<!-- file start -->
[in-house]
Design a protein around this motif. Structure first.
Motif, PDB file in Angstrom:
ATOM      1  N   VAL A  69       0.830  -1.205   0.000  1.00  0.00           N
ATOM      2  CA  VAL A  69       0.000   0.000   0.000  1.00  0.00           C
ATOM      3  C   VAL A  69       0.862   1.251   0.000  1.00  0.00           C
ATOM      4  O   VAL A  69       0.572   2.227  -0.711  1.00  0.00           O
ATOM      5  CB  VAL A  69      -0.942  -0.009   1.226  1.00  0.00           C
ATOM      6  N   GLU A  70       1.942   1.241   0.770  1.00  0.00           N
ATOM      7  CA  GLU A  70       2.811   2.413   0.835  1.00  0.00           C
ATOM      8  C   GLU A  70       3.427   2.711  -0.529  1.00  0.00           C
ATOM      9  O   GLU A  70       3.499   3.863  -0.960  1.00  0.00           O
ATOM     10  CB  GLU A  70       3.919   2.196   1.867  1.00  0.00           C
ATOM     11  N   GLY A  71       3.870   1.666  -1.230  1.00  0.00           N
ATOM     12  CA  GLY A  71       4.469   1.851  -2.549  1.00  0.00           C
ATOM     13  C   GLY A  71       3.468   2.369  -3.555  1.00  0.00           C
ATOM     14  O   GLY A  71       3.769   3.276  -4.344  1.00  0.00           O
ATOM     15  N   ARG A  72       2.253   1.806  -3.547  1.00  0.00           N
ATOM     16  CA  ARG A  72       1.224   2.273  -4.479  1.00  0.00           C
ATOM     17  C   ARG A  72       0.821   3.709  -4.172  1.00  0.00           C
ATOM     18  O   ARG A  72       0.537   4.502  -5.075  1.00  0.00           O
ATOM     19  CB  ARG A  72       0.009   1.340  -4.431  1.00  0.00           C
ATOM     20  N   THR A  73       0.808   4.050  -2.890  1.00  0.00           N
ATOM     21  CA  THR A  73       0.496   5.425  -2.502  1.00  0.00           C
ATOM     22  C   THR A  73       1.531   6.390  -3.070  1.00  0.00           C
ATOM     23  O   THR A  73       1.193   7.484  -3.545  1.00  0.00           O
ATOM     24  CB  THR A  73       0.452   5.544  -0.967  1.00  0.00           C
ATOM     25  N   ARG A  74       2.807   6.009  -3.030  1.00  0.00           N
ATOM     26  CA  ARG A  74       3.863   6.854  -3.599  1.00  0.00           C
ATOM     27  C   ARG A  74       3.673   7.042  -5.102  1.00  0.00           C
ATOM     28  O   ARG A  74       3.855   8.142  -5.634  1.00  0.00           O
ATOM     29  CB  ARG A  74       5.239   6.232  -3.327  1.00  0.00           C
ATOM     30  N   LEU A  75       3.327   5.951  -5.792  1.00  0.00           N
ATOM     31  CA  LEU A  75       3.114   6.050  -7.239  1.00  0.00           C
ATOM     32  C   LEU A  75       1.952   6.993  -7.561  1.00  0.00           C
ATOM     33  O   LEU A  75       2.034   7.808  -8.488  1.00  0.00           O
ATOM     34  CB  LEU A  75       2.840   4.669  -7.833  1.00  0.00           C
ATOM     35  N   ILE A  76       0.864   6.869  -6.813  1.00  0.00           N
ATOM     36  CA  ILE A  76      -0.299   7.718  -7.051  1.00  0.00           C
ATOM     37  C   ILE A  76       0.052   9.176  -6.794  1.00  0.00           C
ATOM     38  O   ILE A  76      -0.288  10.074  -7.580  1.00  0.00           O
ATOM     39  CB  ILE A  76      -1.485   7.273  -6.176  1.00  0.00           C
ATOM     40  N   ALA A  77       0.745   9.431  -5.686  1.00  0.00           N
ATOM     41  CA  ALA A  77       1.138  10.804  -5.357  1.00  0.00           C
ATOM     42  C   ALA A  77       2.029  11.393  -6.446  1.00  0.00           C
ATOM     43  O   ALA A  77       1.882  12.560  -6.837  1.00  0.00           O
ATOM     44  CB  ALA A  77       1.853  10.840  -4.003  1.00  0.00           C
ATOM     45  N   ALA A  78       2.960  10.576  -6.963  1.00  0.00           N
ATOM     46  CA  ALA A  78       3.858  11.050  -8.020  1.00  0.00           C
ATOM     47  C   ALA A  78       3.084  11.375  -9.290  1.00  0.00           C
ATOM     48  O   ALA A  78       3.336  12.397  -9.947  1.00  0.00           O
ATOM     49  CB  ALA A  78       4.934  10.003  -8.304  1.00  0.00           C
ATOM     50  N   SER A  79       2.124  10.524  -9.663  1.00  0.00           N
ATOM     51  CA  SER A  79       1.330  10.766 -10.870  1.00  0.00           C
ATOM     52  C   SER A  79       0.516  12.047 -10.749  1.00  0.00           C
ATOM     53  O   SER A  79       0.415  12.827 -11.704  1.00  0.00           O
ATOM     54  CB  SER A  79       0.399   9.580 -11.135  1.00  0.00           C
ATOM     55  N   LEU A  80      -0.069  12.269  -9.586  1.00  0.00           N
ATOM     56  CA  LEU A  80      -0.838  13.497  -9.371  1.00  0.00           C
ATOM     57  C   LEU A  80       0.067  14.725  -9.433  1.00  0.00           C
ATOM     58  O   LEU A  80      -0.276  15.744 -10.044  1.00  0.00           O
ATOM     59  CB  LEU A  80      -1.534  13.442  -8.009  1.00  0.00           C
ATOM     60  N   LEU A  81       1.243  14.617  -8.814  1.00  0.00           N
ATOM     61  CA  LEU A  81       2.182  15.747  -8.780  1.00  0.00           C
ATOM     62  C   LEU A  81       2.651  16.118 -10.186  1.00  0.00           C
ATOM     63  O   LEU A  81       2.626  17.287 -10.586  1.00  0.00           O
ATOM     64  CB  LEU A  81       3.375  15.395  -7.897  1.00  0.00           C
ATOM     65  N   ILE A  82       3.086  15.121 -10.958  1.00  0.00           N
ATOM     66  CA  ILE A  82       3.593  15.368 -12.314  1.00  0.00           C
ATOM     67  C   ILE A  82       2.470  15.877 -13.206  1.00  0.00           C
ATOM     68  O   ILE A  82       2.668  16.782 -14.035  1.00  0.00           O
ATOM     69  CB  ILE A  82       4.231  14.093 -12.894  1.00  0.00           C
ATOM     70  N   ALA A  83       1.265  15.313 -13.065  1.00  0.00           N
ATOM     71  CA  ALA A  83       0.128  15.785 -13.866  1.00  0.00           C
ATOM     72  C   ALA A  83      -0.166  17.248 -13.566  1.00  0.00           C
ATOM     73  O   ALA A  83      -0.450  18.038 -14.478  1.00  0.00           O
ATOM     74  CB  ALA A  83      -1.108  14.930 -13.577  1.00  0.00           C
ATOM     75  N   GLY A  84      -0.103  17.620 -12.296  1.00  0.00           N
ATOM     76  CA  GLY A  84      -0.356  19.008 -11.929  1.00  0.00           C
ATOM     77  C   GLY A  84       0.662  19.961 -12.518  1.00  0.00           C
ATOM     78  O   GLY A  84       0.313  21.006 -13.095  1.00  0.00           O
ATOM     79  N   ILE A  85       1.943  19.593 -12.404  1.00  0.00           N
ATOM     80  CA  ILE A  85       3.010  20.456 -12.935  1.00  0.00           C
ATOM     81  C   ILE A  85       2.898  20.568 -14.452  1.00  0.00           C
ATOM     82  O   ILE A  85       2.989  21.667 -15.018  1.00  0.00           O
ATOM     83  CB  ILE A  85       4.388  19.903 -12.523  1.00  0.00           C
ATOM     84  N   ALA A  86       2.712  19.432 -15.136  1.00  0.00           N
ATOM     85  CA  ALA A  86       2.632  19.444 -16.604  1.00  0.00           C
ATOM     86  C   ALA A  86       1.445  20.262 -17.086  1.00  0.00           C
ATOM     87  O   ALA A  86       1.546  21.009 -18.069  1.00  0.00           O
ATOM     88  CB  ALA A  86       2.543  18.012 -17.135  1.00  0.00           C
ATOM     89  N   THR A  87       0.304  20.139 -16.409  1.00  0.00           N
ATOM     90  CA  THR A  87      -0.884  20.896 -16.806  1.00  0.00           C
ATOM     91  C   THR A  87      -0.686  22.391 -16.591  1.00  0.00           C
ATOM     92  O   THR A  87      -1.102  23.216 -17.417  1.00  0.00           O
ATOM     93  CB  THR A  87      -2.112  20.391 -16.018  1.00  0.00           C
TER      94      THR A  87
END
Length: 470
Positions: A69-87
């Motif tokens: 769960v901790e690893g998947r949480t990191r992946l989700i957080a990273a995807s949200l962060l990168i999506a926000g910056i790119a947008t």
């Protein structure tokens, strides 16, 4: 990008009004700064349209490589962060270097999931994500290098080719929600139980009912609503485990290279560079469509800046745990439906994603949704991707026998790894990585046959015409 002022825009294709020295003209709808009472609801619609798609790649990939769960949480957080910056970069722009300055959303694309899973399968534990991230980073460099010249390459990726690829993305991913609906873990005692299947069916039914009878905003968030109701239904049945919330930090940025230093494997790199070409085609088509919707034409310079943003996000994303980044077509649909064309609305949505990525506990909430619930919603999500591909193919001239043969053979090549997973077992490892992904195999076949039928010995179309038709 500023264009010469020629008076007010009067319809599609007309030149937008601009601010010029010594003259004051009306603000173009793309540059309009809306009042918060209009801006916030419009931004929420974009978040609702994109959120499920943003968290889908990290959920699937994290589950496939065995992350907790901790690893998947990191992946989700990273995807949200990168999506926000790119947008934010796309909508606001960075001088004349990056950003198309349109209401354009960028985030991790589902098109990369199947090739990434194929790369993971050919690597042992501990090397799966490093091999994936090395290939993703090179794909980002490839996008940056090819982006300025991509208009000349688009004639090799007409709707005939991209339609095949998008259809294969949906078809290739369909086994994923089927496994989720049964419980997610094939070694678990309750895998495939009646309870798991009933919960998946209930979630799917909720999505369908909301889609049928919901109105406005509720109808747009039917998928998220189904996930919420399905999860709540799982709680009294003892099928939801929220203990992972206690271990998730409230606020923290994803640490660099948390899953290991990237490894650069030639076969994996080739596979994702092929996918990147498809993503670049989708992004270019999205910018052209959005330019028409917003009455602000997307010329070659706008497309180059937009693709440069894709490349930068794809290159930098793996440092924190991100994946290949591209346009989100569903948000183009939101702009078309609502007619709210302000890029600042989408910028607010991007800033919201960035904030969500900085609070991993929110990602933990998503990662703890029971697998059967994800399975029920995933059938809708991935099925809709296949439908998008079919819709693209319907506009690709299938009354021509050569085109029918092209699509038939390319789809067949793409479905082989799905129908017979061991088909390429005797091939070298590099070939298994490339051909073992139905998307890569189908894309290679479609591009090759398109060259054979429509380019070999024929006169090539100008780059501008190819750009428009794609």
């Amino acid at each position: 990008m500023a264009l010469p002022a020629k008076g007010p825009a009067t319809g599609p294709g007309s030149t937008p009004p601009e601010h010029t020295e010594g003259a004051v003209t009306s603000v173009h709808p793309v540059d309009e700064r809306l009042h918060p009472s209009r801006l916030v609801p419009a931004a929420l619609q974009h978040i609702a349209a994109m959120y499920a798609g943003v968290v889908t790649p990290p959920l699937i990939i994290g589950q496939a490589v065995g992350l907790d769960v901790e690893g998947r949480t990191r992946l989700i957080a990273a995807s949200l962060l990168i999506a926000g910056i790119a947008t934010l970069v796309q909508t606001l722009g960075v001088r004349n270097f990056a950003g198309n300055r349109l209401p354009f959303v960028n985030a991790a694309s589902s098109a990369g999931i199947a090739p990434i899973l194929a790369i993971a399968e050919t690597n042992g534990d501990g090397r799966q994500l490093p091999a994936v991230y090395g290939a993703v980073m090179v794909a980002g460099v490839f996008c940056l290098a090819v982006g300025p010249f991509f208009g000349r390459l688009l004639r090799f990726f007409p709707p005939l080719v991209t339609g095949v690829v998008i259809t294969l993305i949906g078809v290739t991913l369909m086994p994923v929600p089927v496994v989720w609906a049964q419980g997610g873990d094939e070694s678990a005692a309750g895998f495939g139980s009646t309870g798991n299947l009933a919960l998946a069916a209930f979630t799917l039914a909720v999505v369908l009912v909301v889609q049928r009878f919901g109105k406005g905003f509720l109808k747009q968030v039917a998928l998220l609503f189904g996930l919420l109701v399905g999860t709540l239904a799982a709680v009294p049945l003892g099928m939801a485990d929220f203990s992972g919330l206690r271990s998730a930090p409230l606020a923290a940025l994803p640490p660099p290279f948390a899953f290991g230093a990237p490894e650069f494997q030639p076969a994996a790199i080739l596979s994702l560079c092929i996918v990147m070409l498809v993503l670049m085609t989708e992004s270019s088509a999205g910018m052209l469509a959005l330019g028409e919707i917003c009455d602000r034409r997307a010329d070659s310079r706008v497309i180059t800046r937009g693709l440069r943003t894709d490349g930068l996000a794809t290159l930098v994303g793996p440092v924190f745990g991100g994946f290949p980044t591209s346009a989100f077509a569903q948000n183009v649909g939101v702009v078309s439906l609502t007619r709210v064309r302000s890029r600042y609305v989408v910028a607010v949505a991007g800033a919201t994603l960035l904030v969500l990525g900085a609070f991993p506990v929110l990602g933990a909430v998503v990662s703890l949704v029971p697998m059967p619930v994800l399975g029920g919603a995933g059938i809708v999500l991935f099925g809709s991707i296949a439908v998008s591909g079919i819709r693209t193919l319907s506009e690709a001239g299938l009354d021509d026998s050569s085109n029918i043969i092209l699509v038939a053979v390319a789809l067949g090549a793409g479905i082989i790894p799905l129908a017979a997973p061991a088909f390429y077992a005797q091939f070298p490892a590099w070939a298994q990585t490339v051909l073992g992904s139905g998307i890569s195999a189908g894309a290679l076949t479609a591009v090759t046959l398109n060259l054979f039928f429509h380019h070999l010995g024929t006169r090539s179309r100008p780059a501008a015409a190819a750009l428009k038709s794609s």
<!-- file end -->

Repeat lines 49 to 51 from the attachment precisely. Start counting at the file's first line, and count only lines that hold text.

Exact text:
ATOM     46  CA  ALA A  78       3.858  11.050  -8.020  1.00  0.00           C
ATOM     47  C   ALA A  78       3.084  11.375  -9.290  1.00  0.00           C
ATOM     48  O   ALA A  78       3.336  12.397  -9.947  1.00  0.00           O